Manchester City striker Sergio Aguero grabbed the limelight as he persuaded Xi Jinping and David Cameron to pose for a selfie photograph with him.
It came as the Chinese president joined the Prime Minister in Manchester for a day of events aimed at promoting Britain's "Northern Powerhouse", on the final day of his state visit to Britain.
As well as touring the club's football academy, Mr Xi also visited the National Graphene Institute, where the world's first two-dimensional material is developed, and Manchester Airport, where new direct flights to Beijing from next summer were unveiled.
Hundreds of his UK-based countrymen cheered his arrival at Manchester Town Hall, where he enjoyed lunch with around 200 business chiefs, civic leaders and community representatives from across the north of England and China.
There did appear to be some stage management and co-ordination of the large turnout of supporters, with some Chinese people walking around with lists of what appeared to be people's names on and one man in a suit who seemed to be organising and directing the "spontaneous" gathering.
In one corner of Albert Square, facing the town hall, was a smaller number of protesters who held a banner demanding "Justice For Human Rights".
Mr Xi, reportedly a Manchester United supporter, met Aguero as well as Manchester football greats Mike Summerbee, Denis Law and Gary Neville at the recently opened City Academy - 200 metres from the club's Etihad Stadium.
The academy features a 7,000-capacity stadium which is home to the elite development squad and Manchester City Women's Football Club.
Club chairman Khaldoon Al Mubarak hosted the tour and talked Mr Xi through television footage of Aguero's last-gasp winner in the 3-2 victory against Queens Park Rangers which secured the club's first Premier League title in 2012.
Mr Xi smiled and clapped when he saw Aguero net the crucial goal, and Mr Al Mubarak told him: "Not good for the heart."
Aguero, who is currently injured ahead of this weekend's Manchester derby, later grabbed the opportunity to line up the two leaders for the prized photograph.
They then went on to view training sessions by the first team, led by boss Manuel Pellegrini, and the under-15s boys and girls teams.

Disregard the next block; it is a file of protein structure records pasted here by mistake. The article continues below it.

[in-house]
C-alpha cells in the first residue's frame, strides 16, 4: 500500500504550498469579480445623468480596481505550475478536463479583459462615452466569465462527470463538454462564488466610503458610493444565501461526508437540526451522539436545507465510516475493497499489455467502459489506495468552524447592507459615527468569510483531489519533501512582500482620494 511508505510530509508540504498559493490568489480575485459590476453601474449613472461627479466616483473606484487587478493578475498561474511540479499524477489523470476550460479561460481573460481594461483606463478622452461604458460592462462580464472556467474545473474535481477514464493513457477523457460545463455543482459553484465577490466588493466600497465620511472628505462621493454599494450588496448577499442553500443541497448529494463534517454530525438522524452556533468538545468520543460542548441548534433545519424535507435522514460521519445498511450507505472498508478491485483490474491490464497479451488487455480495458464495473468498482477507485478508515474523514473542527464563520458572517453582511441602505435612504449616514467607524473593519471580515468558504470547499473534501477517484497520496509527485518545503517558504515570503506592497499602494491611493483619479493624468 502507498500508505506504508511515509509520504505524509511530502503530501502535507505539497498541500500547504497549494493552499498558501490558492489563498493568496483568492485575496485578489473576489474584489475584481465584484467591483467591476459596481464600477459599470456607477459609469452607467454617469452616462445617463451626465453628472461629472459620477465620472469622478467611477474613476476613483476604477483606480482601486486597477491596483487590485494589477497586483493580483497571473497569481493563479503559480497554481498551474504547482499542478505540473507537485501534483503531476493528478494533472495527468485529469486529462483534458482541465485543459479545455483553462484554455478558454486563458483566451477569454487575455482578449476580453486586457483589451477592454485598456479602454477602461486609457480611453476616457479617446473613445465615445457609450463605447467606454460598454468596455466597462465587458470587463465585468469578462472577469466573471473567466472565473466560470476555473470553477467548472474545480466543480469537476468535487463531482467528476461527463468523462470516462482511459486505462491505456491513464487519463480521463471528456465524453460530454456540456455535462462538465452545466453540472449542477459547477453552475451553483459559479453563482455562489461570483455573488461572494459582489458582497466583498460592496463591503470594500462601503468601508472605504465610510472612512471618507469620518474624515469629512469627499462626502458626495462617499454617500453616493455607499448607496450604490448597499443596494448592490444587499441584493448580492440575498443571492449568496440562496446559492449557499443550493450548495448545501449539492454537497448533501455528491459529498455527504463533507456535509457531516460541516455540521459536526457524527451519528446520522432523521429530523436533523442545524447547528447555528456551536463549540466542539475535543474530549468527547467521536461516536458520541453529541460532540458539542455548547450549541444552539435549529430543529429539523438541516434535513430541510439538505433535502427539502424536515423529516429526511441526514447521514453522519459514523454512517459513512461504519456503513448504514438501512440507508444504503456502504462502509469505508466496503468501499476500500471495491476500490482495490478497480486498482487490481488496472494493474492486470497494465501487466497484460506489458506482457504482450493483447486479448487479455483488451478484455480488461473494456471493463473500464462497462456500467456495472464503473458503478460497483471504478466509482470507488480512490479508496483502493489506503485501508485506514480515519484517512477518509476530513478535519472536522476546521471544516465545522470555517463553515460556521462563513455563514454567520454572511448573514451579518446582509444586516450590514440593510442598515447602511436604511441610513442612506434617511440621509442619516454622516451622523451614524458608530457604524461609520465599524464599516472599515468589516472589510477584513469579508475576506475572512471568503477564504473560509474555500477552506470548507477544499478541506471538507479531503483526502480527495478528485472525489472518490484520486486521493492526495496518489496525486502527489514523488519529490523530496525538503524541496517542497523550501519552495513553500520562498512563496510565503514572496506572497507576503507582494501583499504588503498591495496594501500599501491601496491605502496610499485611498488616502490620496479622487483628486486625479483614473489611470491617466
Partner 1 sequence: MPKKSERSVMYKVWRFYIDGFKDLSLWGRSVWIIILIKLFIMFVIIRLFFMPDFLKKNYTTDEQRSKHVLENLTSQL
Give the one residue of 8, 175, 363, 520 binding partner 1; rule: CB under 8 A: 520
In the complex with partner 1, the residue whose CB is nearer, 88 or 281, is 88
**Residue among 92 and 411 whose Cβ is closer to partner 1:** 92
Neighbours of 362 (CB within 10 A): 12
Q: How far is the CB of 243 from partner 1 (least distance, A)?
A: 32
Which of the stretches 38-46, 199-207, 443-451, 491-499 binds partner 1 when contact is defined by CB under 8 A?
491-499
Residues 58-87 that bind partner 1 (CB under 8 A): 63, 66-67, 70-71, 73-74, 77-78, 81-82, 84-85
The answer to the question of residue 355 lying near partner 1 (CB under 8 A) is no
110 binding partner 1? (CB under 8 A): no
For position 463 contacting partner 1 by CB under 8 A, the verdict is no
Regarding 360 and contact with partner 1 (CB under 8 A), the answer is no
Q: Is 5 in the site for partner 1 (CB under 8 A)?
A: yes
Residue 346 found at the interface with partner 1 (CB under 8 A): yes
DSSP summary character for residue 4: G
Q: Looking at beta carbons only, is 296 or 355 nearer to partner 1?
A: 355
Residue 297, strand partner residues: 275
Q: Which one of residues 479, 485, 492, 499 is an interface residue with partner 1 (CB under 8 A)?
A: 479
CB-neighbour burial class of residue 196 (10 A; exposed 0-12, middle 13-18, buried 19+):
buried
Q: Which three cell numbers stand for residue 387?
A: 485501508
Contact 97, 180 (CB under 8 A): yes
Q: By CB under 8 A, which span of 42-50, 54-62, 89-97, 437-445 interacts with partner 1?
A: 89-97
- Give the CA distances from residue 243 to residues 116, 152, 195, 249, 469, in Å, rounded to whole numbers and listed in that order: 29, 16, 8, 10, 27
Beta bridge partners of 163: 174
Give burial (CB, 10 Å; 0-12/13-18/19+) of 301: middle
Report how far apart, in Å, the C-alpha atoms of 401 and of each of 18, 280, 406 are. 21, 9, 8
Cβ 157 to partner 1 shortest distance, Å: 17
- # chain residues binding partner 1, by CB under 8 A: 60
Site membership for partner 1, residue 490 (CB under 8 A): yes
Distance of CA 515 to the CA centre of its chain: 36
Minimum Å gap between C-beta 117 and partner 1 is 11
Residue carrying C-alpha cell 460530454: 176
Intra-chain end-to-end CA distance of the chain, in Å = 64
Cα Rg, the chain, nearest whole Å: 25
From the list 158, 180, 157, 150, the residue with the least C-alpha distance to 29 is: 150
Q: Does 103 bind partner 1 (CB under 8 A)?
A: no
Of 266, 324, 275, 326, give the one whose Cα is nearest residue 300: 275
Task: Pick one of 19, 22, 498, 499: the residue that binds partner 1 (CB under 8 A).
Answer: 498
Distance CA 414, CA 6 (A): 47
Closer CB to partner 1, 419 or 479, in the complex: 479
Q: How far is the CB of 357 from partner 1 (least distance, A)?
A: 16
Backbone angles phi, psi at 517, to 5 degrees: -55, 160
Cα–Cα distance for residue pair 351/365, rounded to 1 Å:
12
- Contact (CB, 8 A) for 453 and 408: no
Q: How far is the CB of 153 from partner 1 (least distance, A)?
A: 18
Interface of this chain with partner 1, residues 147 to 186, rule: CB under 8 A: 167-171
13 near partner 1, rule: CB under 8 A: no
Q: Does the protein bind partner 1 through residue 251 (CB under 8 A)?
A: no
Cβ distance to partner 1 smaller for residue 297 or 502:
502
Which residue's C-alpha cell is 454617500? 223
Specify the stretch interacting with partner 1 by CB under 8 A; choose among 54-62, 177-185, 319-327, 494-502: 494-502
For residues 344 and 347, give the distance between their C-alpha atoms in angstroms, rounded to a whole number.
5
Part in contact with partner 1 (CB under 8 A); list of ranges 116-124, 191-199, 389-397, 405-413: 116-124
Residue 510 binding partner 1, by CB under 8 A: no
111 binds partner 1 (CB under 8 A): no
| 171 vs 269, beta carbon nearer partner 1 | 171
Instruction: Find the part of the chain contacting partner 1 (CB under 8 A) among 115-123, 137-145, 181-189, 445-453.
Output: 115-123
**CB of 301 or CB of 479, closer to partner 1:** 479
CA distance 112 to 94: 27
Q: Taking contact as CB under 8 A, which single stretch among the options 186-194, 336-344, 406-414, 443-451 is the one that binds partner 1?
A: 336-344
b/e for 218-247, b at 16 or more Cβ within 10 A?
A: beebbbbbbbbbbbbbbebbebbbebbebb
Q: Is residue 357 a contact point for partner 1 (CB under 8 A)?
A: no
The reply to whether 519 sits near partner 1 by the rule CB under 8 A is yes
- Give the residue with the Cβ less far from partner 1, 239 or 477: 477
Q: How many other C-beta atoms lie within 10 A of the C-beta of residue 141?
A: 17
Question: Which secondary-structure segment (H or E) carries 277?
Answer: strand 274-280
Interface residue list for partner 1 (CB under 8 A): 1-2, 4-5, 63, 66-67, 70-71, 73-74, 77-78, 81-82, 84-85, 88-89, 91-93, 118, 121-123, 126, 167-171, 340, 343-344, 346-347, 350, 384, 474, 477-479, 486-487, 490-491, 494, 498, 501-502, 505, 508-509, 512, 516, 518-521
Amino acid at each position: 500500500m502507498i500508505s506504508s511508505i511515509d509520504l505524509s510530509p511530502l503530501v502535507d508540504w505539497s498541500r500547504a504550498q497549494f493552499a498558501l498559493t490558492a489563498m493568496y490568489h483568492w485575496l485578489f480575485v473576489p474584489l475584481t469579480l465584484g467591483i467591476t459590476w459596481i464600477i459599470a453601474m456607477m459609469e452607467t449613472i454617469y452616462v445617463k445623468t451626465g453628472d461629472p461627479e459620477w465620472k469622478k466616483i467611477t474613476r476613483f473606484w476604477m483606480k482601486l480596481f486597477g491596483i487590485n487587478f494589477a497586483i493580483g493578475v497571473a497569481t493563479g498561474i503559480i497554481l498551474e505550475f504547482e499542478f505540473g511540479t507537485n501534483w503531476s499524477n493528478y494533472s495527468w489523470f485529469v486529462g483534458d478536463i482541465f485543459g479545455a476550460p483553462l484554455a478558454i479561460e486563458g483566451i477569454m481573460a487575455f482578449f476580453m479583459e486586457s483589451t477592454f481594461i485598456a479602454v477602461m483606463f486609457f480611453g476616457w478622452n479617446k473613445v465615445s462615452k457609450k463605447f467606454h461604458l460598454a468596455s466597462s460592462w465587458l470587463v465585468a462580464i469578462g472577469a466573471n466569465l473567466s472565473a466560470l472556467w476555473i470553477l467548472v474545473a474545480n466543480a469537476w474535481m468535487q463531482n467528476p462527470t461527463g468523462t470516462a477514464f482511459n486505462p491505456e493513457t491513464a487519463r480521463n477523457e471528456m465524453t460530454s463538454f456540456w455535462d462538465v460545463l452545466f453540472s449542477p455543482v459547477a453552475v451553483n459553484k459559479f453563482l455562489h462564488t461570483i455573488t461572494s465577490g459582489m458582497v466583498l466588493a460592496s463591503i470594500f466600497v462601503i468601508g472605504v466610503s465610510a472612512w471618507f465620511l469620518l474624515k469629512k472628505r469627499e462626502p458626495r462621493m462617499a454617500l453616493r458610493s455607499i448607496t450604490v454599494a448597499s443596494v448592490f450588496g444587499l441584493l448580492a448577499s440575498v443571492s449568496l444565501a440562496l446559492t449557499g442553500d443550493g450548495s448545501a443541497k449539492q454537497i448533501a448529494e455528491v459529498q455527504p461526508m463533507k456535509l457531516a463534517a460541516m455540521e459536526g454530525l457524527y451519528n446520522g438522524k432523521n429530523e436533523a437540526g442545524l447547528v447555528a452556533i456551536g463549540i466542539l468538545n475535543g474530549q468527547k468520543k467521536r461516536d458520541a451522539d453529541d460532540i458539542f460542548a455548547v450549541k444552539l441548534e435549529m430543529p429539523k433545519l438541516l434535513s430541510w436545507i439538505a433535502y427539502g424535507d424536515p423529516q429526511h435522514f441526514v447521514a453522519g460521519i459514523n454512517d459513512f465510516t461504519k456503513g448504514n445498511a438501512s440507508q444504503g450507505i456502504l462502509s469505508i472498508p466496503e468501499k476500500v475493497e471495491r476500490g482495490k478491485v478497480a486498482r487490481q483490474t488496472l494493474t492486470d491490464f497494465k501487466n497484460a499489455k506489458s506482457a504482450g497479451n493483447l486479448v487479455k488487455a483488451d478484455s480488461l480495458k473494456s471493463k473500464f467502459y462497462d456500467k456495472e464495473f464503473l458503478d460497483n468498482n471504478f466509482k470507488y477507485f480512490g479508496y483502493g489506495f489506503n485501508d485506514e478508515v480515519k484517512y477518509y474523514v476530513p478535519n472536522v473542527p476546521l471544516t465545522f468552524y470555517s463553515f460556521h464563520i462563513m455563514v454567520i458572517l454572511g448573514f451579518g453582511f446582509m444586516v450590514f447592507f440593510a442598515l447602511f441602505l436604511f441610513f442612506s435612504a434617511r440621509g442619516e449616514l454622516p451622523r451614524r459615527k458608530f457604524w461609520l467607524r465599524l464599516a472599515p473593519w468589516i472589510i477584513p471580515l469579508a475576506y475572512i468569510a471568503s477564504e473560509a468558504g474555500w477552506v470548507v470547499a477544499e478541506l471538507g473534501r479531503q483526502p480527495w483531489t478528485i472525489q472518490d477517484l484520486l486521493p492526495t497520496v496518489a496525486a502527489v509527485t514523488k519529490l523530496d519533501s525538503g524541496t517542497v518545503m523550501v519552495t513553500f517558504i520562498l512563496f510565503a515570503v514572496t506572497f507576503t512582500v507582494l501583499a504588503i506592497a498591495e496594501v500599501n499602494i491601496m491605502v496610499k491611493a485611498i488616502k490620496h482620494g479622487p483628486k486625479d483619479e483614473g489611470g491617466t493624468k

Former City defender Sun Jihai was inducted into the National Football Museum's hall of fame by Mr Xi during the tour.
The Chinese international, who made 130 appearances for the club between 2002 and 2008, joined luminaries such as George Best , Sir Bobby Charlton and Bobby Moore in the select group.
Museum bosses later confirmed the decision was not taken by the usual panel of former players and football historians but was an honorary "special" award.
A spokesman said: "This is in recognition of his ambassadorial role in enhancing the profile and popularity of English football to a Chinese audience and to coincide with the state visit to the UK by President Xi Jinping."
On his first stop of the day, Mr Xi visited the world-leading graphene research facility at the University of Manchester.
Graphene is 200 times stronger than steel, more conductive than copper and is said to have changed the way scientists and industry approach materials science.
Mr Xi was shown demonstrations of a raft of graphene-based prototypes, including a mobile phone with dramatically increased charging capabilities thanks to a graphene supercapacitor.
Electronics giant Huawei, China's largest mobile phone manufacturer, also announced a partnership with the institute to research graphene and related 2D materials.
Speaking at the institute, Chancellor George Osborne addressed the controversies over human rights and steel dumping.
He said: "We see ourselves as China's strongest partner in the West. A partnership is a relationship where we do things together, like build nuclear power stations, invest in modern science, regenerate cities like Manchester.
"A partnership is also where you can have frank discussions about issues like the future of steelmaking or cyber security or, indeed, human rights."
The president and his wife, Madam Peng Liyuan, rounded off the four-day UK visit at Manchester Airport where they later flew home.
Mr Xi and Mr Cameron unveiled new direct flights from Manchester to Beijing, operated by Hainan Airlines, and also viewed the ongoing Airport City Manchester development.
Hainan Airlines will begin operating the new route between Manchester and Beijing Capital International Airport (PEK) from June 10, 2016. Manchester Airport will become the only UK airport outside of London to offer direct scheduled services to mainland China.
The Manchester-Beijing route is worth at least £250 million in economic benefits to the UK over the next decade, with two-thirds being felt directly in the northern economy in terms of increased jobs, economic activity and tourism, said airport bosses.
The two leaders were shown plans for the £800 million Airport City Manchester development, one of the UK's most significant examples of collaboration between Britain and China in terms of infrastructure development.
Mr Xi and Mr Cameron also witnessed the launch of Airport City Manchester's China Cluster - a project that will provide a commercial base for Chinese businesses arriving in the UK and offering a wide range of high-quality office premises.
Charlie Cornish, chief executive of Manchester Airports Group (MAG), said: "Manchester Airport is the global gateway for the Northern Powerhouse and both the China Cluster, and the new direct route will provide an opportunity for Chinese investors to access the many opportunities available to them in the North.
"Businesses in the North will also be significant beneficiaries as it will soon become much easier for them to build strong commercial relationships with Chinese partners."